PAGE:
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Mol Plant Microbe Interact. 1997 Aug;10(6):716-24.

Differential induction of systemic resistance in Arabidopsis by biocontrol bacteria.

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1
Department of Plant Ecology and Evolutionary Biology, Utrecht University, The Netherlands. s.vanwees@boev.biol.ruu.nl

Abstract

Selected nonpathogenic, root-colonizing bacteria are able to elicit induced systemic resistance (ISR) in plants. To elucidate the molecular mechanisms underlying this type of systemic resistance, an Arabidopsis-based model system was developed in which Pseudomonas syringae pv. tomato and Fusarium oxysporum f. sp. raphani were used as challenging pathogens. In Arabidopsis thaliana ecotypes Columbia and Landsberg erecta, colonization of the rhizosphere by P. fluorescens strain WCS417r induced systemic resistance against both pathogens. In contrast, ecotype RLD did not respond to WCS417r treatment, whereas all three ecotypes expressed systemic acquired resistance upon treatment with salicylic acid (SA). P. fluorescens strain WCS374r, previously shown to induce ISR in radish, did not elicit ISR in Arabidopsis. The opposite was found for P. putida strain WCS358r, which induced ISR in Arabidopsis but not in radish. These results demonstrate that rhizosphere pseudomonads are differentially active in eliciting ISR in related plant species. The outer membrane lipopolysaccharide (LPS) of WCS417r is the main ISR-inducing determinant in radish and carnation, and LPS-containing cell walls also elicit ISR in Arabidopsis. However, mutant WCS417rOA-, lacking the O-antigenic side chain of the LPS, induced levels of protection similar to those induced by wild-type WCS417r. This indicates that ISR-inducing bacteria produce more than a single factor that trigger ISR in Arabidopsis. Furthermore, WCS417r and WCS358r induced protection in both wild-type Arabidopsis and SA-nonaccumulating NahG plants without activating pathogenesis-related gene expression. This suggests that elicitation of an SA-independent signaling pathway is a characteristic feature of ISR-inducing biocontrol bacteria.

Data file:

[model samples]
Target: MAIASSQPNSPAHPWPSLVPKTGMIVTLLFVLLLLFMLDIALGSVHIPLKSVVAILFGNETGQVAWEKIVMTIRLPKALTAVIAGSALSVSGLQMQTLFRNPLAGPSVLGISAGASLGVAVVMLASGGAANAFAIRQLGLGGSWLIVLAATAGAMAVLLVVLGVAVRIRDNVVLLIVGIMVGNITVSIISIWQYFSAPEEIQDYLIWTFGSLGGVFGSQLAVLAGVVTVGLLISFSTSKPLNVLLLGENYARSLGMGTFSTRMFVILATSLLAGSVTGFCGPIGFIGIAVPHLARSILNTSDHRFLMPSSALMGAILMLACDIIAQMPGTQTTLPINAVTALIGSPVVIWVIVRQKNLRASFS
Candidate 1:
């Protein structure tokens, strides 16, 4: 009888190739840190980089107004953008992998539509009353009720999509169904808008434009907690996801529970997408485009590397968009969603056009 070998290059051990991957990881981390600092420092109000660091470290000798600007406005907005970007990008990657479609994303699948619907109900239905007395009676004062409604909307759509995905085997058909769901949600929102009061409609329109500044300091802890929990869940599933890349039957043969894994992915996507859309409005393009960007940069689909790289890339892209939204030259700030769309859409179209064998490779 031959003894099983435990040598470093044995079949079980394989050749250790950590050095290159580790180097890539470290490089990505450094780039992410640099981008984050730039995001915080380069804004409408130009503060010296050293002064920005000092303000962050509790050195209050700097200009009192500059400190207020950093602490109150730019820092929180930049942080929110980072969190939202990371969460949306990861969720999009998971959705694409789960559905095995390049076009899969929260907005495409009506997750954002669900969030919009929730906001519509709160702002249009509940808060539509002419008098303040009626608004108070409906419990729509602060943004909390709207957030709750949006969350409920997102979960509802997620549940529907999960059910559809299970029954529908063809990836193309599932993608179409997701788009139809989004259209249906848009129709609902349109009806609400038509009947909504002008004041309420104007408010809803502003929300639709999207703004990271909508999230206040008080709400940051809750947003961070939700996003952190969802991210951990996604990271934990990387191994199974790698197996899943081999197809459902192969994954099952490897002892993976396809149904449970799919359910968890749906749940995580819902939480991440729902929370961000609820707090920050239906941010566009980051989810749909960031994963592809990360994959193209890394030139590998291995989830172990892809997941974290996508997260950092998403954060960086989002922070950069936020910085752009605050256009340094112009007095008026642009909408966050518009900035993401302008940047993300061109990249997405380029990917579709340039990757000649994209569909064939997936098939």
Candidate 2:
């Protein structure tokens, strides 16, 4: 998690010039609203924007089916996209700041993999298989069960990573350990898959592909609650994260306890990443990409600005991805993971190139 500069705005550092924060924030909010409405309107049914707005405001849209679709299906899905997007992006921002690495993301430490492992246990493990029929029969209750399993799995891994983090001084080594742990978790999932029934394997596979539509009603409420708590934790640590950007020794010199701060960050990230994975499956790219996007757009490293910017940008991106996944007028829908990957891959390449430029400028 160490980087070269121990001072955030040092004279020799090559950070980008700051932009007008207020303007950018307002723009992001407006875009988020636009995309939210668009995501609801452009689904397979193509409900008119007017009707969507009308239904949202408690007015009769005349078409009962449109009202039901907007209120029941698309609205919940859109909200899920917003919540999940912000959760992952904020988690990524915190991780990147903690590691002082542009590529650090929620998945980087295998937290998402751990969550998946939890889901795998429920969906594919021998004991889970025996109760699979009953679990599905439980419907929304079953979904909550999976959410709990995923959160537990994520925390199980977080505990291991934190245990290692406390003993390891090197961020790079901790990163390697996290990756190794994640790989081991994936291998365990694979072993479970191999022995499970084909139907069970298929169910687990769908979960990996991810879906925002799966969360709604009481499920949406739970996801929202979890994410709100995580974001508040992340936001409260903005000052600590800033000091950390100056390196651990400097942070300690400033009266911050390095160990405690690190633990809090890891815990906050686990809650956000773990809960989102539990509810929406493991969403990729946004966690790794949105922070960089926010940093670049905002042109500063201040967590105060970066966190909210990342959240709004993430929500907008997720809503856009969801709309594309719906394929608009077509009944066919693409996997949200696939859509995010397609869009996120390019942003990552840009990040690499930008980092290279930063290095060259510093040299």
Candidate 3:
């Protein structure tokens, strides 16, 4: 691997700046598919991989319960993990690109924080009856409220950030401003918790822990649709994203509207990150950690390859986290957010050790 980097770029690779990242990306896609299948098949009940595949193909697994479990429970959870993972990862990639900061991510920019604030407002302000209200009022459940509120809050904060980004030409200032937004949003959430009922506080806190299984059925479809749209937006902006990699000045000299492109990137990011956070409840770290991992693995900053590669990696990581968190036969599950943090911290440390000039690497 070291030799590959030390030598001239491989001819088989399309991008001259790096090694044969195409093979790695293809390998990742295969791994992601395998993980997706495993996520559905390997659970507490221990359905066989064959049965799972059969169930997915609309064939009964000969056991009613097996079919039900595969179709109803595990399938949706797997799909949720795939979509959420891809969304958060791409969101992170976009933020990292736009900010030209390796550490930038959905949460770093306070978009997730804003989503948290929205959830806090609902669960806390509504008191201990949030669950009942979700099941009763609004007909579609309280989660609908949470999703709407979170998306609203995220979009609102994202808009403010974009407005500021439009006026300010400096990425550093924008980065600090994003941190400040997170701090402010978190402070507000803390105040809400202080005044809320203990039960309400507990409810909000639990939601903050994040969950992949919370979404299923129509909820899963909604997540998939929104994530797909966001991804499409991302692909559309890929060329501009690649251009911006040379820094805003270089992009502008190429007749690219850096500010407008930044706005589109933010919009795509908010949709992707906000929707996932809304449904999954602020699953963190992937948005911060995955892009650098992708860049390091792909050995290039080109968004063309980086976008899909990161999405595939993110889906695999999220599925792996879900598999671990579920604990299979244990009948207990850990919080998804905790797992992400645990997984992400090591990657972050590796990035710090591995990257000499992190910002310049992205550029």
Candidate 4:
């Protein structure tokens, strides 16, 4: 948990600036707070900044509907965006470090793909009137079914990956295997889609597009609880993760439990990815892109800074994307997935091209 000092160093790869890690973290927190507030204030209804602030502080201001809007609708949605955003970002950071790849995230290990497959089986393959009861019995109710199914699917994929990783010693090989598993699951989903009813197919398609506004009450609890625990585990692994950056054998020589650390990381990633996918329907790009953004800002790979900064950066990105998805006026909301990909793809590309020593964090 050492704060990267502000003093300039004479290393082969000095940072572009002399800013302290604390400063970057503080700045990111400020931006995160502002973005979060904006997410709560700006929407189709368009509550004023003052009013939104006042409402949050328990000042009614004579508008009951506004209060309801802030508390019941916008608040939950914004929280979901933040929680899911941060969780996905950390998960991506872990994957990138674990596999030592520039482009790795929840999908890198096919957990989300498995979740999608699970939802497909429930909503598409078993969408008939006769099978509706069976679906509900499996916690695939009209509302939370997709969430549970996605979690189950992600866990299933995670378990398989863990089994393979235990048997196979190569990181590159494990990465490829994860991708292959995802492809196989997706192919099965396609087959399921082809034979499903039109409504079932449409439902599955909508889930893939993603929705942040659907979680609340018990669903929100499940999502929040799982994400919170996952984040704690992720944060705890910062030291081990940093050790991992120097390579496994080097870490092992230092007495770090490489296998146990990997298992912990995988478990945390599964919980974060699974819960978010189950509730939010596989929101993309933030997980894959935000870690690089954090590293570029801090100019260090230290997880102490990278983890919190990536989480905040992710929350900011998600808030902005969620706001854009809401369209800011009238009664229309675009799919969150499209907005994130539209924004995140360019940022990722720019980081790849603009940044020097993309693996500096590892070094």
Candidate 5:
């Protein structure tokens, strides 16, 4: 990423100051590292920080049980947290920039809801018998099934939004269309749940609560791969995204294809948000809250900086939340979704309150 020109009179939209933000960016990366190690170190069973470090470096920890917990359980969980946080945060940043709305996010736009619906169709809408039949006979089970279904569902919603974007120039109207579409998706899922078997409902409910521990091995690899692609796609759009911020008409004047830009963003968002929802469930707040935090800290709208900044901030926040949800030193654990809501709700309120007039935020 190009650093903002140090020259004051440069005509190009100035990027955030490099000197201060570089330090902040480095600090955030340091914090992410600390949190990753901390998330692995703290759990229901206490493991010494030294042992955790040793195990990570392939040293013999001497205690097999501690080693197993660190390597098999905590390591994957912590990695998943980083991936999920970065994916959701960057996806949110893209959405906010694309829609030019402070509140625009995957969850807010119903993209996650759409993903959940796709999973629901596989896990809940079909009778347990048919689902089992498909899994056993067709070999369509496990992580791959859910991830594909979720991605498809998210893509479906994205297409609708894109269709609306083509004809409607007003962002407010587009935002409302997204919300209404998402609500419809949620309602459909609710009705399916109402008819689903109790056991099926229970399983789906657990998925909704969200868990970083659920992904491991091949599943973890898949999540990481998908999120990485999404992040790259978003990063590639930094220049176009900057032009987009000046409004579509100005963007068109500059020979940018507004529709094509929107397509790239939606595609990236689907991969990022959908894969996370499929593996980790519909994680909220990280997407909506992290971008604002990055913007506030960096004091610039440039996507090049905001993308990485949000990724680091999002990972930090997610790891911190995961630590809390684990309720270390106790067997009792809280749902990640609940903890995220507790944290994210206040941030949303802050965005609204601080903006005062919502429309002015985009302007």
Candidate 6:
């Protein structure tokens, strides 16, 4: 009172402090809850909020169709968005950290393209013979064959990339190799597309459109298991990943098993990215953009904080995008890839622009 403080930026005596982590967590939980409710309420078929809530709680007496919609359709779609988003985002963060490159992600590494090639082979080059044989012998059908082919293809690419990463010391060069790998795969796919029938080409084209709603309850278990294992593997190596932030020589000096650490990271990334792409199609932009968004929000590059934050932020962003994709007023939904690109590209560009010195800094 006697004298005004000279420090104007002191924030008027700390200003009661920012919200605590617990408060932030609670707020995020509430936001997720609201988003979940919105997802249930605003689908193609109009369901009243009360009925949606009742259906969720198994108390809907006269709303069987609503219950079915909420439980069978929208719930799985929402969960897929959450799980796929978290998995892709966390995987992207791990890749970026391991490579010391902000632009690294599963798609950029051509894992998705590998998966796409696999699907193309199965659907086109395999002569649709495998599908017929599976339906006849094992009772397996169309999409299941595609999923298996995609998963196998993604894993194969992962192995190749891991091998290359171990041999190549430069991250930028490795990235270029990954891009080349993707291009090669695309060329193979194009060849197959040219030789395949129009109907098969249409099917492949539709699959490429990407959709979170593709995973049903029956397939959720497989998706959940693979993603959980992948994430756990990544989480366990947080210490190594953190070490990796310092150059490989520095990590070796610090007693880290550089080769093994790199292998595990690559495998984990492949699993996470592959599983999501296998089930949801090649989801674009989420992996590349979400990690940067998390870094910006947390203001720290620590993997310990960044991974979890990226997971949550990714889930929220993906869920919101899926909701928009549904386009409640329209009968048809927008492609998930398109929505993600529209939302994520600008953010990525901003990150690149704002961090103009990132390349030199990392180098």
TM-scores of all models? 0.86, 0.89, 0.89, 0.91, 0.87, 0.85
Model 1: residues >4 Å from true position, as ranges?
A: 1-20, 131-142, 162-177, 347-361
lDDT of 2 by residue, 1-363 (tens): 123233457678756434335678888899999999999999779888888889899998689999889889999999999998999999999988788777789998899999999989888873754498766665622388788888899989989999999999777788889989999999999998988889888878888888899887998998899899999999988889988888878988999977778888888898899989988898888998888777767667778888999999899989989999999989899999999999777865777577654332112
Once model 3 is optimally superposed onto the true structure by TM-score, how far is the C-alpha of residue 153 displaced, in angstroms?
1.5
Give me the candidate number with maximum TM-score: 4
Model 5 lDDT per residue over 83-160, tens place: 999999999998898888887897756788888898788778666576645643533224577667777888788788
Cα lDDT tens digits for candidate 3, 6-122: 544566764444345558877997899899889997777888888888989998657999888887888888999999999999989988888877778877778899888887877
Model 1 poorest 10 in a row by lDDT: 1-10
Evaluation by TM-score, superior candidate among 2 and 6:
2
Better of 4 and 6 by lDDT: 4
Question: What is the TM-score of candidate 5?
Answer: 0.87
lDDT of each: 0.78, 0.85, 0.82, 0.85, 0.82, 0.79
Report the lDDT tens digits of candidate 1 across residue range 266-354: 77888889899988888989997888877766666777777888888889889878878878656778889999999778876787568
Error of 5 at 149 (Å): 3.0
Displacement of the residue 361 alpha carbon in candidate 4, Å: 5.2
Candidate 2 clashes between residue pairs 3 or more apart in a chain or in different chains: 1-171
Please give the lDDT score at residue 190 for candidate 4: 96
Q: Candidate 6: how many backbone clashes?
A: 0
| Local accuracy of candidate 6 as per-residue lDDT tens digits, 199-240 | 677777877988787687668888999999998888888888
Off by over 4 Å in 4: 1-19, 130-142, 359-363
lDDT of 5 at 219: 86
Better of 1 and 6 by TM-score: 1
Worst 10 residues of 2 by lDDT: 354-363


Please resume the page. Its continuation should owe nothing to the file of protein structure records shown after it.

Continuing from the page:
PMID:
9245833
DOI:
10.1094/MPMI.1997.10.6.716
[Indexed for MEDLINE]
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